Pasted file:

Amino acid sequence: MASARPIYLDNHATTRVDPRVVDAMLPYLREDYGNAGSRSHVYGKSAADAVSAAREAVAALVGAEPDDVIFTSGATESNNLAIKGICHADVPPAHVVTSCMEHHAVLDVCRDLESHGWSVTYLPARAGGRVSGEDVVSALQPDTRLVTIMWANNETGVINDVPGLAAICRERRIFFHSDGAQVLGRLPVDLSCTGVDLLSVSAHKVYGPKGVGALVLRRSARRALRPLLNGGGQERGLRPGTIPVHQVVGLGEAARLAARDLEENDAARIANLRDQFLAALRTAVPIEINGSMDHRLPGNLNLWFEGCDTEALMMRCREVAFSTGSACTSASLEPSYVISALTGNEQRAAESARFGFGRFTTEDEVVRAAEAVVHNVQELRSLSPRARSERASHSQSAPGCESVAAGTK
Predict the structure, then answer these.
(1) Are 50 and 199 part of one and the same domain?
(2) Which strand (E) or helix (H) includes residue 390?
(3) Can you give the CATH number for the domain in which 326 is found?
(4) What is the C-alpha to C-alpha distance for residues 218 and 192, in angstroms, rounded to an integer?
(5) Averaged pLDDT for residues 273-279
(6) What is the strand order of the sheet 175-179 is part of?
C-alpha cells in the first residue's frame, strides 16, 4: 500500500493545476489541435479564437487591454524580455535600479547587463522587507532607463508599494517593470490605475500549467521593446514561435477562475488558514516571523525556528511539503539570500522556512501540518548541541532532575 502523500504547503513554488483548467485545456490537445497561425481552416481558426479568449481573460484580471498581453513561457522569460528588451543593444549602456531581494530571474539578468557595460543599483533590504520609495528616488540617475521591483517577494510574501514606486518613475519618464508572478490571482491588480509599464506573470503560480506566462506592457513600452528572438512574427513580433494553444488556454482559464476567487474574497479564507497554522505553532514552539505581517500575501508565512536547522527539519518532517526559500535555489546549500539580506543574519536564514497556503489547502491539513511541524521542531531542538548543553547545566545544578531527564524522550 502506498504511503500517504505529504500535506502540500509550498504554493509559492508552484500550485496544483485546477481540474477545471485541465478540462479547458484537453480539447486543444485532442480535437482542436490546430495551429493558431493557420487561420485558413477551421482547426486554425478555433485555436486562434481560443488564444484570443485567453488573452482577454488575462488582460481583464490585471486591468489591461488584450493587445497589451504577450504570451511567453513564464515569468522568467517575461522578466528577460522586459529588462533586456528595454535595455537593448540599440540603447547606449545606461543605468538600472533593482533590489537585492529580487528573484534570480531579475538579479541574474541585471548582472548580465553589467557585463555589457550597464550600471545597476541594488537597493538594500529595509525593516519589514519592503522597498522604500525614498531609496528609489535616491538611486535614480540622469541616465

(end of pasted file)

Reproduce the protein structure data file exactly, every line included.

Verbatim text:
Amino acid sequence: MASARPIYLDNHATTRVDPRVVDAMLPYLREDYGNAGSRSHVYGKSAADAVSAAREAVAALVGAEPDDVIFTSGATESNNLAIKGICHADVPPAHVVTSCMEHHAVLDVCRDLESHGWSVTYLPARAGGRVSGEDVVSALQPDTRLVTIMWANNETGVINDVPGLAAICRERRIFFHSDGAQVLGRLPVDLSCTGVDLLSVSAHKVYGPKGVGALVLRRSARRALRPLLNGGGQERGLRPGTIPVHQVVGLGEAARLAARDLEENDAARIANLRDQFLAALRTAVPIEINGSMDHRLPGNLNLWFEGCDTEALMMRCREVAFSTGSACTSASLEPSYVISALTGNEQRAAESARFGFGRFTTEDEVVRAAEAVVHNVQELRSLSPRARSERASHSQSAPGCESVAAGTK
Predict the structure, then answer these.
(1) Are 50 and 199 part of one and the same domain?
(2) Which strand (E) or helix (H) includes residue 390?
(3) Can you give the CATH number for the domain in which 326 is found?
(4) What is the C-alpha to C-alpha distance for residues 218 and 192, in angstroms, rounded to an integer?
(5) Averaged pLDDT for residues 273-279
(6) What is the strand order of the sheet 175-179 is part of?
C-alpha cells in the first residue's frame, strides 16, 4: 500500500493545476489541435479564437487591454524580455535600479547587463522587507532607463508599494517593470490605475500549467521593446514561435477562475488558514516571523525556528511539503539570500522556512501540518548541541532532575 502523500504547503513554488483548467485545456490537445497561425481552416481558426479568449481573460484580471498581453513561457522569460528588451543593444549602456531581494530571474539578468557595460543599483533590504520609495528616488540617475521591483517577494510574501514606486518613475519618464508572478490571482491588480509599464506573470503560480506566462506592457513600452528572438512574427513580433494553444488556454482559464476567487474574497479564507497554522505553532514552539505581517500575501508565512536547522527539519518532517526559500535555489546549500539580506543574519536564514497556503489547502491539513511541524521542531531542538548543553547545566545544578531527564524522550 502506498504511503500517504505529504500535506502540500509550498504554493509559492508552484500550485496544483485546477481540474477545471485541465478540462479547458484537453480539447486543444485532442480535437482542436490546430495551429493558431493557420487561420485558413477551421482547426486554425478555433485555436486562434481560443488564444484570443485567453488573452482577454488575462488582460481583464490585471486591468489591461488584450493587445497589451504577450504570451511567453513564464515569468522568467517575461522578466528577460522586459529588462533586456528595454535595455537593448540599440540603447547606449545606461543605468538600472533593482533590489537585492529580487528573484534570480531579475538579479541574474541585471548582472548580465553589467557585463555589457550597464550600471545597476541594488537597493538594500529595509525593516519589514519592503522597498522604500525614498531609496528609489535616491538611486535614480540622469541616465